A tree frog is a frog in the family Hylidae or Rhacophoridae which has certain adaptations which predispose the frog to an arboreal lifestyle. Tree frogs spend much of their lives in trees and shrubs, although some species may choose other lifestyles, depending on environment and inclination, and these frogs are quite diverse. The vast majority of tree frogs live in the tropics of the New World, but they can also be found in Africa, Asia, Europe, and North America.
Some zoological parks keep tree frogs for their visitors to examine, especially if the parks have a focus on conservation in the tropics. Exotic tree frogs may be displayed with other tropical species in large greenhouses which are designed to create a replication of the warm, moist tropical environment, and tree frogs can also be seen on display in smaller tanks and cages. Some tree frog species also make suitable pets, with pet stores carrying tree frogs along with other supplies like aquaria and food for frogs.
The main defining feature of a tree frog is the adhesive discs attached to its long toes, which enable it to climb rapidly and securely in its arboreal home. Tree frogs come in a range of colors, from drab greens and browns to brightly colored tropical effusions of color found on tropical frogs; the bright colors are a warning that the frog is toxic, encouraging predators to look elsewhere for a snack.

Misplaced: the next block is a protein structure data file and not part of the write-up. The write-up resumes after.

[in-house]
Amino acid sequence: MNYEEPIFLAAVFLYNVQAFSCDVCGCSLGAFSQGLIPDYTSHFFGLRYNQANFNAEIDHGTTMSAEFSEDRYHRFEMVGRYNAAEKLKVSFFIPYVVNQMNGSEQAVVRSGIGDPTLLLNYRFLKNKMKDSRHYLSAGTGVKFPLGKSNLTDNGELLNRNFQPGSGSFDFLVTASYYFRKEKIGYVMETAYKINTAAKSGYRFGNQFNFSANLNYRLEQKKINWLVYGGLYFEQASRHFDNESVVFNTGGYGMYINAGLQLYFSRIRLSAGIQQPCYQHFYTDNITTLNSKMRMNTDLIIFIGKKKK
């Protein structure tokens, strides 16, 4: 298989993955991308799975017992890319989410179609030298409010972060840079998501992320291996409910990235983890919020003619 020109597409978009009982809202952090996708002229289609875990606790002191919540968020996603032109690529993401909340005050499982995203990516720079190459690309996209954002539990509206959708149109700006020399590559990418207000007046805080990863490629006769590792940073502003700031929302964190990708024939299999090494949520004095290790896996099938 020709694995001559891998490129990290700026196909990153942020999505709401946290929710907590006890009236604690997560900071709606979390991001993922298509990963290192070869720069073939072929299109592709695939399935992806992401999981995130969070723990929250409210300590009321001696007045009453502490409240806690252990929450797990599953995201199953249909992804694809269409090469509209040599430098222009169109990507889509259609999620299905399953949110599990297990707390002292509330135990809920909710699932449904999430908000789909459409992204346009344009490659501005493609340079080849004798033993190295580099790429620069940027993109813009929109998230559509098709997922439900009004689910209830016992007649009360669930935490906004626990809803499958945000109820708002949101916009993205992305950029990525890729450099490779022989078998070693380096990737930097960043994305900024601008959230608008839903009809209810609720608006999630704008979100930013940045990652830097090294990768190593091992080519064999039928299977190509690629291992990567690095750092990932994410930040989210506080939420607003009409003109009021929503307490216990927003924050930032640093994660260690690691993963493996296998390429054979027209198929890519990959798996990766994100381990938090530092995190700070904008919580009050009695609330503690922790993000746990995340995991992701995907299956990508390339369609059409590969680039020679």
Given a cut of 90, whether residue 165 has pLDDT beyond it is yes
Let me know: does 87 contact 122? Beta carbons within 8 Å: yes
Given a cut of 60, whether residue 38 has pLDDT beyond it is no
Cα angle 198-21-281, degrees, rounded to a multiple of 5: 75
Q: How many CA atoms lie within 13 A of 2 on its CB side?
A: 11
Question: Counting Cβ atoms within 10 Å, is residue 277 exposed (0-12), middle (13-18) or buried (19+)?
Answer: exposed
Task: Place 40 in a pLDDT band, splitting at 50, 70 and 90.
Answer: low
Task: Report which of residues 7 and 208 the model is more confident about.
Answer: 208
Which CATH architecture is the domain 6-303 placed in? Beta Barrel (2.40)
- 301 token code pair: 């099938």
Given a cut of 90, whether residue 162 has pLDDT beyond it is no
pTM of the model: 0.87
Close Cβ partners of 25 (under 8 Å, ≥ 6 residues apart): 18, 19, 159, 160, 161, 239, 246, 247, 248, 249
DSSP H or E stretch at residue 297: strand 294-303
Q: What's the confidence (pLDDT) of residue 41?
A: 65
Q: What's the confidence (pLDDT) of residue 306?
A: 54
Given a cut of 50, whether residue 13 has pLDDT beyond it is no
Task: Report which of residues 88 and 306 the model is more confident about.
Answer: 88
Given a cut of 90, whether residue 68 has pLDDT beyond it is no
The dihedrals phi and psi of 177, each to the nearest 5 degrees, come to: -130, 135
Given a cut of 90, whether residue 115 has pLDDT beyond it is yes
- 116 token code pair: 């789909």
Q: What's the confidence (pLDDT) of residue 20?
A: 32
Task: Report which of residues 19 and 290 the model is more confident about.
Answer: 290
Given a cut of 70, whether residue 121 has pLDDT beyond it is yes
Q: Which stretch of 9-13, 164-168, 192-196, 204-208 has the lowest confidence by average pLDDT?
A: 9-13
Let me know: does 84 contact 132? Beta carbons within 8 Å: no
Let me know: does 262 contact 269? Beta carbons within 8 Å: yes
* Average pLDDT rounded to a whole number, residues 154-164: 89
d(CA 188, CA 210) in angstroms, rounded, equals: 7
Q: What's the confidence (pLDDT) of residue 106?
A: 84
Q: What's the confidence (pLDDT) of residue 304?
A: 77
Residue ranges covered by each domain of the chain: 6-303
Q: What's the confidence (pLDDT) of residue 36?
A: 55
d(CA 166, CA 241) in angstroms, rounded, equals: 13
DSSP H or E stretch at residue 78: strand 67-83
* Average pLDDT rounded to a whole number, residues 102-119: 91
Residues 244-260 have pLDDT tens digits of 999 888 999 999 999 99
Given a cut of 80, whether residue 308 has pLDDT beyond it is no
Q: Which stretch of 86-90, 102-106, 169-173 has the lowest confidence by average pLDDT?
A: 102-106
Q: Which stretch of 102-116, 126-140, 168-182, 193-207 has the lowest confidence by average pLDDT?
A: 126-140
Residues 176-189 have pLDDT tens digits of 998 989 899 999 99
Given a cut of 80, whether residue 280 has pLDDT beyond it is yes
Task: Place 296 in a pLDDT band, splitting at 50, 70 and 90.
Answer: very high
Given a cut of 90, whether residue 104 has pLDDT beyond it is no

Old World Tree frogs fall into the Family Rhacophoridae, and they are also known as moss frogs. They tend to be relatively small, and many are a bright, glossy green. New World Frogs in the family Hylidae come in a range of colors, and many are also extremely vocal. This is because tree frogs meet up around ponds and puddles to mate, so they vocalize to lure companions out of the surrounding woodlands.
Although most tree frog species live in trees, they generally lay their eggs in water, with the exception of a species which incubates eggs on its back. Some tree frogs are burrowing frogs, preferring the moist environments near lakes, ponds, and streams, and others build nests in undergrowth, rather than inhabiting trees. Tree frogs eat diverse diets, depending on where they live, consuming a wide variety of insects and some plant materials.
Like other amphibians, tree frogs are very sensitive to changes in their natural environment caused by pollution or increased human activity. As a result, some tree frog species are used as indicators to monitor the health of specific regions of the world.